Australia’s first Robotics Roadmap points to trillions of dollars in economic rewards if Australia seizes the opportunity to invest in the automation revolution.
“When I was a child, robots were the realm of science fiction alone. Even through the decades that followed, simple automation and machines failed to fill the grand promises made by my favourite books,” he said.
Now, Finkel stated that robots and AI are appearing in every industry sector, with huge practical effects on the way we live, work and plan for the future. He said the Robotics Roadmap will help Australia plan a successful path in the wake of this change.
“This roadmap shows just how quickly this field is moving, and the rewards available to a robot-ready Australia,” Finkel said.
Big money in automation
The national economy could benefit to the tune of $2.2 trillion from automation over the next 15 years. This could be achieved by industry taking advantage of new technologies, and ensuring that workers replaced by automation are trained and redeployed to other roles.
The International Federation of Robotics has ranked Australia 18th in the world for our use of automation technology.
Dr Sue Keay, COO of the Australian Centre for Robotic Vision (who led the development of the roadmap), said Australia could improve this ranking by understanding robots as everyday problem solvers rather than scientific fantasy. She also advocated for tapping into our talented pool of robotics leaders and researchers.
“We have an opportunity to take a collaborative, multi-sector approach to education, funding and legislation to benefit industries and lead the way in the development of robotic technology that can solve real global challenges,” Keay said.
The roadmap is the product of a national consultation process that brought together policy makers, business leaders and researchers in workshops focusing on various applications of robotic technology.
Similar roadmaps launched in Europe and the US have led to links between government, industry and academia, which have reaped significant technological and financial rewards.
Five key points for success
According to Keay, the roadmap has pinpointed five main areas where Australia can improve. Firstly, we need to develop new high-tech firms to help the nation embrace the robotics revolution and maintain our standard of living.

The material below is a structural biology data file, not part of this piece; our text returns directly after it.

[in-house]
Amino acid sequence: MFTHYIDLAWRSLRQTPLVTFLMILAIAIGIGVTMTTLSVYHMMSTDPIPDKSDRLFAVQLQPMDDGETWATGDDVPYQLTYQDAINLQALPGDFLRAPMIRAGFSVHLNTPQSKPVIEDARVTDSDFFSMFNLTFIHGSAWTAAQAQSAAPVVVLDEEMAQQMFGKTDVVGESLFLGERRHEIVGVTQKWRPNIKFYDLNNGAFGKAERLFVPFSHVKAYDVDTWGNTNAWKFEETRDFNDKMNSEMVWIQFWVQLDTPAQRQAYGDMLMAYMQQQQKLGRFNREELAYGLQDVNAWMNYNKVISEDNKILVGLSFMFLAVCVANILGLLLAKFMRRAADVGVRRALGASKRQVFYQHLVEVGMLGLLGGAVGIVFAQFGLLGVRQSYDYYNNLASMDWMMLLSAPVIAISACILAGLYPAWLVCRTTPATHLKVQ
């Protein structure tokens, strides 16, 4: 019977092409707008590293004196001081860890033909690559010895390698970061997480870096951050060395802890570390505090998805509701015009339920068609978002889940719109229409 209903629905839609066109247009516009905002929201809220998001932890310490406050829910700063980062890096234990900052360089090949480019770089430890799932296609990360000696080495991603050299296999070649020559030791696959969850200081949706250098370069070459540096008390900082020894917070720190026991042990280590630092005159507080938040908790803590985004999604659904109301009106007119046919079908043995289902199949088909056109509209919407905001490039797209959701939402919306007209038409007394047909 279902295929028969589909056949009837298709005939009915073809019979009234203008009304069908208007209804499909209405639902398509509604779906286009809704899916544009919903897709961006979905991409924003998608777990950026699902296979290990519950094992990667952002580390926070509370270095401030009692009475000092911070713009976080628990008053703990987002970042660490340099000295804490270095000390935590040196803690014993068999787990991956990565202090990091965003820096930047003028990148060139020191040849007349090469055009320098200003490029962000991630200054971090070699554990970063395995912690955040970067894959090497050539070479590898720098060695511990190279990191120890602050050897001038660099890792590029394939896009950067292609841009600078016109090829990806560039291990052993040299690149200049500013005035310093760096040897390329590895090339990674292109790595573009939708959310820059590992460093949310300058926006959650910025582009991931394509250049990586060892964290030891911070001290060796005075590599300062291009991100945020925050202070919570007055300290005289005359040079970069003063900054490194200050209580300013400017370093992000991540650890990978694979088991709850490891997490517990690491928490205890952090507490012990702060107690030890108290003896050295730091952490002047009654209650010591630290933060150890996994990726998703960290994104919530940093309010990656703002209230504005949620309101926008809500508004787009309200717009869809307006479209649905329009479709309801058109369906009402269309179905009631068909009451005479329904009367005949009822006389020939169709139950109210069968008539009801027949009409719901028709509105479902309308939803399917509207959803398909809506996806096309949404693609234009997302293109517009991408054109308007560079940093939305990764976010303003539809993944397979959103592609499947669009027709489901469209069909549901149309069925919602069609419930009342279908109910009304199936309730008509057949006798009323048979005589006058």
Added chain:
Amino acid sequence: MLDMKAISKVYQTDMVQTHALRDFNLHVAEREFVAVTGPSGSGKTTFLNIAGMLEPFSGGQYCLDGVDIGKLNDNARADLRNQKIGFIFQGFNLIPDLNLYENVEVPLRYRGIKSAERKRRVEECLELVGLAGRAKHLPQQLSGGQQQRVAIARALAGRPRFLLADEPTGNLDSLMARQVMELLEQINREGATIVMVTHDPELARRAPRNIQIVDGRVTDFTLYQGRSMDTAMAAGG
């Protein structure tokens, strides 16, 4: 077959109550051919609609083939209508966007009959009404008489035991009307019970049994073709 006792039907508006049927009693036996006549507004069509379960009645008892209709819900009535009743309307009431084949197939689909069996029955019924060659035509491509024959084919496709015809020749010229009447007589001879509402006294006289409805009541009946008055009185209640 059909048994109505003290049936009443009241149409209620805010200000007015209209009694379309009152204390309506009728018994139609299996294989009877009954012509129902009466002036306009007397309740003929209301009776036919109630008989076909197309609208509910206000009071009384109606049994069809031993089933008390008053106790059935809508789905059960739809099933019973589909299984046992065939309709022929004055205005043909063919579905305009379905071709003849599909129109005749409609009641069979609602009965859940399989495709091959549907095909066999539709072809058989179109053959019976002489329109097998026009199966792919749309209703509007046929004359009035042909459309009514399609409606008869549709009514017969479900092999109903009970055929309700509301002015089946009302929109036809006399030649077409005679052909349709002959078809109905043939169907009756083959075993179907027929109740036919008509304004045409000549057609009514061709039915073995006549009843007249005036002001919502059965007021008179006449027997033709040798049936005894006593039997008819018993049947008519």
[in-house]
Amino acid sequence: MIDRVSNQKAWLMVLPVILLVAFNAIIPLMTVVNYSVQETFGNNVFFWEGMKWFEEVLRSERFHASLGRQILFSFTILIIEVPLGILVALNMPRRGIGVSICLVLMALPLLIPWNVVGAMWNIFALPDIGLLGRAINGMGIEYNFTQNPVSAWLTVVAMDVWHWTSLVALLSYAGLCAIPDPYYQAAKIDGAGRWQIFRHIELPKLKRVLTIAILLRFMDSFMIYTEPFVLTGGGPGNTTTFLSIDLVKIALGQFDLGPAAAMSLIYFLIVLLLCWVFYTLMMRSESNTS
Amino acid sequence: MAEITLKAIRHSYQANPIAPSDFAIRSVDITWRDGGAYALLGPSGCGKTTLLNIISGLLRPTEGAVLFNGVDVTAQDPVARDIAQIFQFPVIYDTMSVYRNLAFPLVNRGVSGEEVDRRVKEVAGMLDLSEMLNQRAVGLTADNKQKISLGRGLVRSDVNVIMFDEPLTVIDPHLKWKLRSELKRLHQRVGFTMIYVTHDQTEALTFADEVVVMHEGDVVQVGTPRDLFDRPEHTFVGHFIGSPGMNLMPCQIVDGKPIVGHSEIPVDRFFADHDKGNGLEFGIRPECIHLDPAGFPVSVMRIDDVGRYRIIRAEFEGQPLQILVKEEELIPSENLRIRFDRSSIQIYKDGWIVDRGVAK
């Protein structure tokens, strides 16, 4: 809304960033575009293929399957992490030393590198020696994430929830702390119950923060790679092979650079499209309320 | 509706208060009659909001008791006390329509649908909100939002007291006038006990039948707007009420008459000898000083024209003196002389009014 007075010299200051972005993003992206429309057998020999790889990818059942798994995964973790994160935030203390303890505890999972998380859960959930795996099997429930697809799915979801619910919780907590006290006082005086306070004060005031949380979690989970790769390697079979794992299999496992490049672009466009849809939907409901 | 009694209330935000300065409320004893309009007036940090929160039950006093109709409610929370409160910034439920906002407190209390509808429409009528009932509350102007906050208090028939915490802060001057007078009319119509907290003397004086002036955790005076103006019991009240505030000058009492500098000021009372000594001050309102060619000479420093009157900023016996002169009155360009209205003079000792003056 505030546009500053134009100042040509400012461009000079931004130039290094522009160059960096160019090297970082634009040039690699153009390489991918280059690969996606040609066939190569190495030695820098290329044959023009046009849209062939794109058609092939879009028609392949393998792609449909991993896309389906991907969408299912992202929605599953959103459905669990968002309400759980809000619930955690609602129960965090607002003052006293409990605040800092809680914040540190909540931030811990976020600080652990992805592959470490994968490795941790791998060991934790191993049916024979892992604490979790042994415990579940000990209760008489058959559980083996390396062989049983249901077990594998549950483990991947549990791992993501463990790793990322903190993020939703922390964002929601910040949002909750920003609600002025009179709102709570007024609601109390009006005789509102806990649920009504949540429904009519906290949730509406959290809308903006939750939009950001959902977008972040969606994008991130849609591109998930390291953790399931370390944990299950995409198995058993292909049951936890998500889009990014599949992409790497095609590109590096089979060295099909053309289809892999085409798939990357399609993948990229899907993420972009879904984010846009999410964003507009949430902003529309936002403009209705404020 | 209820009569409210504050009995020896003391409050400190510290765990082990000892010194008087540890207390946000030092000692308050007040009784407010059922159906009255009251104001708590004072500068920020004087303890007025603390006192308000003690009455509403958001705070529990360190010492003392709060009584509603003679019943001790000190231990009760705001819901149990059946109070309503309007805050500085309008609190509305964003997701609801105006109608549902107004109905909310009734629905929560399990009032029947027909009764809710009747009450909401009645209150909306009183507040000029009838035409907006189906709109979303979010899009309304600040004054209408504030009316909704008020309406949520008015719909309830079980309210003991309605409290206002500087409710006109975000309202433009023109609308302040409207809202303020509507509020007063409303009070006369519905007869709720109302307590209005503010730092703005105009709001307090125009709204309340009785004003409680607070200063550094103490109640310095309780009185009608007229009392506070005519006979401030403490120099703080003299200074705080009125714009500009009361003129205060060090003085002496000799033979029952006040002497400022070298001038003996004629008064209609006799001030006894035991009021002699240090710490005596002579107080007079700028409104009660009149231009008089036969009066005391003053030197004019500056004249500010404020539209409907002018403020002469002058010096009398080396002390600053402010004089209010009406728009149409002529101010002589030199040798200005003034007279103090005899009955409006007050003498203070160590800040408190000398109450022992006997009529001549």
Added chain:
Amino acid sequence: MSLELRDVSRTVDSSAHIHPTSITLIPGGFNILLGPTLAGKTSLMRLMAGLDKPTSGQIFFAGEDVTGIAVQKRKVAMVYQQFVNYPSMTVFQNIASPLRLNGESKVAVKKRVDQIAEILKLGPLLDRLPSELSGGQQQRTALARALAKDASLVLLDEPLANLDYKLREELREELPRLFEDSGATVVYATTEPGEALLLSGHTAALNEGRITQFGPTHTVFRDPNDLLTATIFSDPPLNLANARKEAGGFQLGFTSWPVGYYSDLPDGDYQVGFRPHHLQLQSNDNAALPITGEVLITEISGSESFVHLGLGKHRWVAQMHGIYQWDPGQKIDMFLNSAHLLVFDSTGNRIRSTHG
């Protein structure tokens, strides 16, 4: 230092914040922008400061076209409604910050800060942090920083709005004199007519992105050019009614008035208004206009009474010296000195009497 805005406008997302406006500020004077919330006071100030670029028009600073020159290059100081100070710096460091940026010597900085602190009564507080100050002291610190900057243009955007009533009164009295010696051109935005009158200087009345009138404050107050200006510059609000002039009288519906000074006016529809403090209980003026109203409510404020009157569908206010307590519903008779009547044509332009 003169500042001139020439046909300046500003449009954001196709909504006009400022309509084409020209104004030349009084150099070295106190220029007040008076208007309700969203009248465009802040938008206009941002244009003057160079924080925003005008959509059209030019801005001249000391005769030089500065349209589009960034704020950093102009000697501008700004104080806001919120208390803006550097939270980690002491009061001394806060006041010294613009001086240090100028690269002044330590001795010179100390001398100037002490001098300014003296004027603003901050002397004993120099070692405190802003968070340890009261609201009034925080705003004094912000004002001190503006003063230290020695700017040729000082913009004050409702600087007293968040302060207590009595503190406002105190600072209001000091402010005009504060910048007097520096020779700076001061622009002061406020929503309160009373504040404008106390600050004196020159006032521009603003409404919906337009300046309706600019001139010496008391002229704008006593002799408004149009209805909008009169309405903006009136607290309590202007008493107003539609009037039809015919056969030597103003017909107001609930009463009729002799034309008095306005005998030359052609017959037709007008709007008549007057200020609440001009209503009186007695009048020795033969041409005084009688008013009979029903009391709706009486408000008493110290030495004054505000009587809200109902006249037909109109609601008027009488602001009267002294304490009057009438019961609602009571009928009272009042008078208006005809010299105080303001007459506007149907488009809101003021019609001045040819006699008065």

This needs to be backed by adopting Industry 4.0 – an international collaboration to develop standards for the ‘fourth Industrial Revolution’. To achieve this, we need to equip Australians with the skills they will need to thrive in a highly automated world, including coding skills and an understanding of the general principles behind robotics and AI.
“To embrace Industry 4.0 and the Internet of Things, people need to have a good understanding of how the cyber world and the physical world operate. And that’s at all stages of education from primary school right through to people close to retirement age,” Keay explained.
The third point is the opportunity for Australia to become a testbed for robotics technology, as many developments in the field are being pioneered at home. To do this, we will need to put in place regulatory, legal and ethical frameworks.
“We are leading the way in some legal and standards frameworks, although there’s still a way to go,” Keay explained.
Keay also said Australia could build on our existing robotics capability by forming technology clusters to help develop existing talent, and attract more. One promising network, the Sixth Wave Alliance, has been formed by CSIRO’s Data 61. Keay said this is a good initiative to get the most out of the world class research we are doing.
Finally, Keay said Australia needs to be ambitious in developing an entrepreneurial culture that sets goals and challenges that appeal to Australians and are relevant to the current issues that we all face, while also attracting more capital investment. According to Keay, the roadmap process only discovered nine robotics startups that have sought venture capital investment in Australia, and only six of these were successful.
Keay and her team will now work on spreading the word about the roadmap’s findings and how to achieve them.
The roadmap will lead to more people identifying with the robotics industry and sharing stories about implementing robotics and automation in business, according to Keay.
“We need to have a good narrative about what are the advantages of robotics. Why should people be interested in it? I think the roadmap is a great starting point, but we still have a lot more stories to tell,” she said.